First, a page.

The Hebrew word translated in some English versions of the text as “expected” actually means to await an outcome, or to look for an outcome while waiting, or to endure a circumstance for a purpose. Similarly, the Hebrew word translated bad grapes or wild grapes, actually means sour and unripe, suggesting God desired Israel to grow closer to God in its protected vineyard, but since it did not, the hedge was removed, and the environment changed.
    So lets look at the passage using the NIV translation, which actually does justice to the text:
    The Song of the Vineyard
    1 I will sing for the one I love
    a song about his vineyard:
    My loved one had a vineyard
    on a fertile hillside.
    2 He dug it up and cleared it of stones
    and planted it with the choicest vines.
    He built a watchtower in it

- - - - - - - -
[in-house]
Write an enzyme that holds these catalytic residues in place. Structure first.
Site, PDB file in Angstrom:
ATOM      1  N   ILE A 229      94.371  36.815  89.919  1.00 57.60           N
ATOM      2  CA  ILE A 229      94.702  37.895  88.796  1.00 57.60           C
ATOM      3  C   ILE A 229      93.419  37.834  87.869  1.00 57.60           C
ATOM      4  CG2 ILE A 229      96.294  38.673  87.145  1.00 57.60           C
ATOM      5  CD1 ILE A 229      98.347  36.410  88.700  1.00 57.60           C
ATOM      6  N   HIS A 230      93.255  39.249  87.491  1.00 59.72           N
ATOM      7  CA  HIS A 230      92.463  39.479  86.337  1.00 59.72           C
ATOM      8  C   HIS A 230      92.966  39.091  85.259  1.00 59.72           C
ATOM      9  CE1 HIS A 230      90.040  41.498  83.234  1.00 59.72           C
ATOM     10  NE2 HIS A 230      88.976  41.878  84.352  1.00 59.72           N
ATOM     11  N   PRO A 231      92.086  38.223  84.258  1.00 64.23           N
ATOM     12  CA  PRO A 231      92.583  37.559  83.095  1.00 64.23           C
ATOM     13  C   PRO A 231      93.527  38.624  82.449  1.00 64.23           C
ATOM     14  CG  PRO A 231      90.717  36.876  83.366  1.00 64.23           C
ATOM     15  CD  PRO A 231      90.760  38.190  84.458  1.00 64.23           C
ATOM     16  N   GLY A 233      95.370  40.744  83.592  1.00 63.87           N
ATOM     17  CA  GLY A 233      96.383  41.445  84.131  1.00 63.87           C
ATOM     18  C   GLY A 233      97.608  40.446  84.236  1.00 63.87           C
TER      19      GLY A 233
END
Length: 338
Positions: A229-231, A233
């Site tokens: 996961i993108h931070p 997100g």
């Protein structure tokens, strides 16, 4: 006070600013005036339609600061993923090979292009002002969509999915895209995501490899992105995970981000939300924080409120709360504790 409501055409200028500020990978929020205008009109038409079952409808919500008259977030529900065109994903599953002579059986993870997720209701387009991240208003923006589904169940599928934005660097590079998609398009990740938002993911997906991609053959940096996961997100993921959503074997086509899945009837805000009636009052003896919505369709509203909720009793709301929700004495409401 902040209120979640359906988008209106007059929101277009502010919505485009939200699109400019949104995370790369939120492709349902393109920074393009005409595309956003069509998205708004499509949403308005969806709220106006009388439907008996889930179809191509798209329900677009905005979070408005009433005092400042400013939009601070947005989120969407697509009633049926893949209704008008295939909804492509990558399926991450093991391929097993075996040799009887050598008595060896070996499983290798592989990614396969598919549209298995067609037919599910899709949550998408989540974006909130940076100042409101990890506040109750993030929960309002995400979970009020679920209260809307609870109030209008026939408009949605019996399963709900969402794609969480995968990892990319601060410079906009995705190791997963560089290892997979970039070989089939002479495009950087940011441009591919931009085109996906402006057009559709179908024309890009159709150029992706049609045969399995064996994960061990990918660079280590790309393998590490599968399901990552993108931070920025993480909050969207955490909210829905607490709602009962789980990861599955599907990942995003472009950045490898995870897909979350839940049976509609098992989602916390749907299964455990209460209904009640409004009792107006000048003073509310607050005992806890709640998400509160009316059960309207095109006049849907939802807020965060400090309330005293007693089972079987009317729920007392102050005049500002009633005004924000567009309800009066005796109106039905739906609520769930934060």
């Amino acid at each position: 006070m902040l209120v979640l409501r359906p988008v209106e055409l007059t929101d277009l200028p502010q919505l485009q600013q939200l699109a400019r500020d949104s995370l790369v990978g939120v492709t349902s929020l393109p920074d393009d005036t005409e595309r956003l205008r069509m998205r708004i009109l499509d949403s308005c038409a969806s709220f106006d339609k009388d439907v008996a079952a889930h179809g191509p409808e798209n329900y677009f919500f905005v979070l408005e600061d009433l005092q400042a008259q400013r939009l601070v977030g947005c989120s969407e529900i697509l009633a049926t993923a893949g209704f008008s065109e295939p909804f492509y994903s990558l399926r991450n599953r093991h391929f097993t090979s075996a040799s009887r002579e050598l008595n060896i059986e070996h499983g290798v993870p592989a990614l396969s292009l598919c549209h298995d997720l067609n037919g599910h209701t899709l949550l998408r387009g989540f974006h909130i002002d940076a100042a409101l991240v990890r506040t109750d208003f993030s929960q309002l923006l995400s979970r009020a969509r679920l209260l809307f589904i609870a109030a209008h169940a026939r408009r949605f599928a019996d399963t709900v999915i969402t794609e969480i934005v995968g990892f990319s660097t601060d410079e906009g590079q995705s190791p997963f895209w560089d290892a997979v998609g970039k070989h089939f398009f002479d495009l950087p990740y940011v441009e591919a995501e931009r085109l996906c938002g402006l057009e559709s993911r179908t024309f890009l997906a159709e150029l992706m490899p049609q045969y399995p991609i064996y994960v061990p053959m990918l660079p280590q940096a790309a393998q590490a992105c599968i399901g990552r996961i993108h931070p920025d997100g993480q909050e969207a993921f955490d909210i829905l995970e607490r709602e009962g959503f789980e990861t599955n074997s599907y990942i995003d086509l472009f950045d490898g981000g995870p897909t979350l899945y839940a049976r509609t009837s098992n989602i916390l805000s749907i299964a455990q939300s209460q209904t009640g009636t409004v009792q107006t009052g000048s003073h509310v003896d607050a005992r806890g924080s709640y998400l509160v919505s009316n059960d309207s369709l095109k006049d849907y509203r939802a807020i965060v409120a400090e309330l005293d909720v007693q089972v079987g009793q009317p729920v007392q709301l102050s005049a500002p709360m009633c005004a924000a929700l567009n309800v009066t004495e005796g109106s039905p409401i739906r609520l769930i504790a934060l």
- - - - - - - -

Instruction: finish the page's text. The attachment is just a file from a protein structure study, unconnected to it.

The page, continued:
and cut out a winepress as well.
    Then he looked for a crop of good grapes,
    but it yielded only bad fruit.
    3 "Now you dwellers in Jerusalem and men of Judah,
    judge between me and my vineyard.
    4 What more could have been done for my vineyard
    than I have done for it?
    When I looked for good grapes,
    why did it yield only bad?
    5 Now I will tell you
    what I am going to do to my vineyard:
    I will take away its hedge,
    and it will be destroyed;
    I will break down its wall,
    and it will be trampled.
    And now with a sound understanding of Isaiah’s words, lets turn to the Open Theism assertion concerning the text: Because the vineyard unexpectedly failed to yield grapes, the Lord sadly concludes, “I will remove its hedge and it shall be devoured (v5).”
    But the actual message is that God desired for Israel to become more godly, and when they chose to remain worldly, God took action to foster His desired outcome. God may or may not have experienced the feeling of sadness when He took the action, but since the text does not say, we are left with His enduring efforts to draw us closer to Him. So while the text can be used to support the premise God has chosen to allow autonomous behavior rather than deterministically determining every thought and every outcome, it in no way supports the idea that God did not know the hearts of the people of Israel, or that He did not know that they needed to learn that their good fortune was a gift from God.